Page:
Surgical Planning and 3D Printed Hearts

Alistair Phillips, MD, who is the Co-Chair for the American College of Cardiology, Surgeons Section tells about some of the impacts he has personally experienced using 3D printing in surgical settings as his participation in the 3DHEART program:

“The clinical trial is particularly exciting as it targets specific cases in which understanding of the anatomy will greatly enhance the surgical approach. A 3D printed replica of a patient’s heart will be created as part of the inclusion criteria to be in the study.Using 3D printing gave a better understanding of the Hybrid procedure, and allowed us to perform pulmonary valve replacement with a minimally invasive approach avoiding conventional method that required open-heart surgery. After coming to Cedars-Sinai we refined the pre-ventricular approach by utilizing a 3D printed models of patients’ hearts. We were able to simulate the implant into the right ventricular outflow tract.

Every surgeon is different. The education, experience, aptitudes, and attitude we bring to each equally nuanced and varied patient span an almost limitless spectrum and inform how we may utilize 3D printing for the benefit of our patients. The elegance of 3D printing is that it can create the individualized tools spanning this spectrum.

That said, however, what is not negotiable is the veracity of the models that we are receiving. Various materials and their corresponding colouring or rigidity may serve different functions in the hands of different surgeons, but ultimately we must have the utmost confidence in the fidelity of the models we are utilizing for pre-surgical planning. The more realistic the model is both in anatomical and textural preciousness will greatly enhance the application.

In all honesty, I would advise each hospital to start by really understanding the value proposition 3D printing offers across all specialities and, the culture of their institution. The best way to get answers to these very nebulous, complicated, nuanced directives is by retaining an outside vendor to provide as much of the services as possible, from the proverbial soup to nuts.

The excitement around the 3DHEART clinical trial is so great because it is the first organized, large-scale attempt to collect evidence of the efficacies of 3D printing in the practice of medicine and delivery of healthcare, not only in terms of optimized patient outcomes but also with respect to lower costs. If we can get reimbursement for 3D models, it is without a doubt a game-changer in terms of the practice of medicine, and a life-changer for many of our patients.”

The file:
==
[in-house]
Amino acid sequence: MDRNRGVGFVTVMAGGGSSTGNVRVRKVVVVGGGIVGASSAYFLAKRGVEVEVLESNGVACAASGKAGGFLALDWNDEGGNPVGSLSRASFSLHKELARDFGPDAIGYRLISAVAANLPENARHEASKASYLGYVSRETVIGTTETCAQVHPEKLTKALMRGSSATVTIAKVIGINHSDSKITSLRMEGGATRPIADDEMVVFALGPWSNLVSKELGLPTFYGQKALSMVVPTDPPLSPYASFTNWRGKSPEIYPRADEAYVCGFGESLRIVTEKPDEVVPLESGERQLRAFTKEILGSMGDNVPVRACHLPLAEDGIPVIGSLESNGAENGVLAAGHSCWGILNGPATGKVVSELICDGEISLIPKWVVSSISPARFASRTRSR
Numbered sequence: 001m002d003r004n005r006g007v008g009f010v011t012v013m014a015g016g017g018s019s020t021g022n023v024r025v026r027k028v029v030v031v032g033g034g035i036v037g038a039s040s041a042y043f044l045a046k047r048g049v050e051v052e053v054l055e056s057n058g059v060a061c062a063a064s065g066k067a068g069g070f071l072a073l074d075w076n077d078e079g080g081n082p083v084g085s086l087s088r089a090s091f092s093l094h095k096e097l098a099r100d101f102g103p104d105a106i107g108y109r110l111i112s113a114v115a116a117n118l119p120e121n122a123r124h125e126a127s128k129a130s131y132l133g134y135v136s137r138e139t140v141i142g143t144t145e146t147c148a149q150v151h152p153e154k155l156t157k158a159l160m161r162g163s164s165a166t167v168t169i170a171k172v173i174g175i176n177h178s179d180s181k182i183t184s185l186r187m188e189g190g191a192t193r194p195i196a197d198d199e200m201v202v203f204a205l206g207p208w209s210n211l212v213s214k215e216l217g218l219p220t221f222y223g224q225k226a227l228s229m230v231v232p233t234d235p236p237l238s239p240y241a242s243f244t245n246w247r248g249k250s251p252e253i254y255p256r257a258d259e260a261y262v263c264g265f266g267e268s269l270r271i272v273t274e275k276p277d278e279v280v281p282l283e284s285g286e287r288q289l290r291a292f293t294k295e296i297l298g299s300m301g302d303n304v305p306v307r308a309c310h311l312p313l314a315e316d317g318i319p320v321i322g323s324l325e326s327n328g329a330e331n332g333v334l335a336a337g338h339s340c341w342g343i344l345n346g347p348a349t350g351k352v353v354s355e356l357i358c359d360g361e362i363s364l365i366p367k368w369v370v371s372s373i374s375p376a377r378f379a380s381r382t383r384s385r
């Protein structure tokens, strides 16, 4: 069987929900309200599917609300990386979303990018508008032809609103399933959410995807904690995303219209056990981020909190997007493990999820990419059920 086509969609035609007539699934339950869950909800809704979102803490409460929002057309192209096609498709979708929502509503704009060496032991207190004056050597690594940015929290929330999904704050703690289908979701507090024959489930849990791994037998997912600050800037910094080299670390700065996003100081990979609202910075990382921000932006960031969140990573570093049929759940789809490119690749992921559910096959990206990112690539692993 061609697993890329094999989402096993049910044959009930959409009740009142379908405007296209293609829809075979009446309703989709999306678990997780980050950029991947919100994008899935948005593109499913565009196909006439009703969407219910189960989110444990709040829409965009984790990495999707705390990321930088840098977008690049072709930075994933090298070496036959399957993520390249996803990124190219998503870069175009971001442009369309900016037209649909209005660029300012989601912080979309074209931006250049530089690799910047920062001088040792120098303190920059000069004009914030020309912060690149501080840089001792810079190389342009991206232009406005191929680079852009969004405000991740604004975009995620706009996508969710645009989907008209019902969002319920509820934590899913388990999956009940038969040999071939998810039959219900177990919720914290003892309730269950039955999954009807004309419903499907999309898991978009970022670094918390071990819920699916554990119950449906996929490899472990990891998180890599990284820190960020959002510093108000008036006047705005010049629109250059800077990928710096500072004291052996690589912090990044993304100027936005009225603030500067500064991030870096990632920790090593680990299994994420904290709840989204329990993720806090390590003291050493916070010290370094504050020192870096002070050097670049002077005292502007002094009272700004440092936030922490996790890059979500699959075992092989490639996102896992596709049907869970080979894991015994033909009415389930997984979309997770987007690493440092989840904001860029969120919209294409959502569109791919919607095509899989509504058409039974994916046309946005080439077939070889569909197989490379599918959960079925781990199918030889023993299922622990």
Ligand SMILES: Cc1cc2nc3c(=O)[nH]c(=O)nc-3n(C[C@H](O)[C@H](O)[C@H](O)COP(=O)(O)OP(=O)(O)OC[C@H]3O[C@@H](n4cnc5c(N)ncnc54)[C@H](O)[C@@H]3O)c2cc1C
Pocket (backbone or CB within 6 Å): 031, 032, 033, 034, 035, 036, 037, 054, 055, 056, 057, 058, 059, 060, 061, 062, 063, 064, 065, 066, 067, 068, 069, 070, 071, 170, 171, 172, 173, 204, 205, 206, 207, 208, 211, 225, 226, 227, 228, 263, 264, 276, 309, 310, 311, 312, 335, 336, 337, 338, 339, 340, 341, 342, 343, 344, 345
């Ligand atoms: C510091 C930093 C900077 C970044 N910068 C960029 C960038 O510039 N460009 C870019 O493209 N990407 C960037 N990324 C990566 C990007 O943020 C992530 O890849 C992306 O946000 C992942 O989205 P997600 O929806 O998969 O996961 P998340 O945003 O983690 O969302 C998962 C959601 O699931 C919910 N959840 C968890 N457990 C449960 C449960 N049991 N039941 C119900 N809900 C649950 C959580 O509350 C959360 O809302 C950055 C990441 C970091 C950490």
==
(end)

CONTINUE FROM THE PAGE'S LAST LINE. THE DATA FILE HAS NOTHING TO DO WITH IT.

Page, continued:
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Flow Testing Dynamic Systems with 3D Printed Patient-Specific Heart Models

Without the 3D printed models, we wouldn’t have been able to come up with a way to do the procedure in advance.

—C. HUIE LIN, M.D
Adult congenital and interventional cardiologist.

3D Print Bureau of Texas has partnered with physicians at Houston Methodist Hospital to create cardiac models for applications such as assessing the size and attachment site of a right atrial malignancy. Accurate physical replications of patient anatomy can even undergo testing in a dynamic system such as replicating the severity of aortic stenosis using flow testing.

3D Print Bureau of Texas also worked with Houston Methodist DeBakey Heart and Vascular Center on a complex case involving a young patient born with a wide-open leaking pulmonary valve. The patient could not take blood transfusions and have been turned down by two medical centres concerned she would not make it through surgery.

With a 3D printed model of the patient’s heart, Lin devised a plan that required very little blood loss, which resulted in a successful operation for the little patient.

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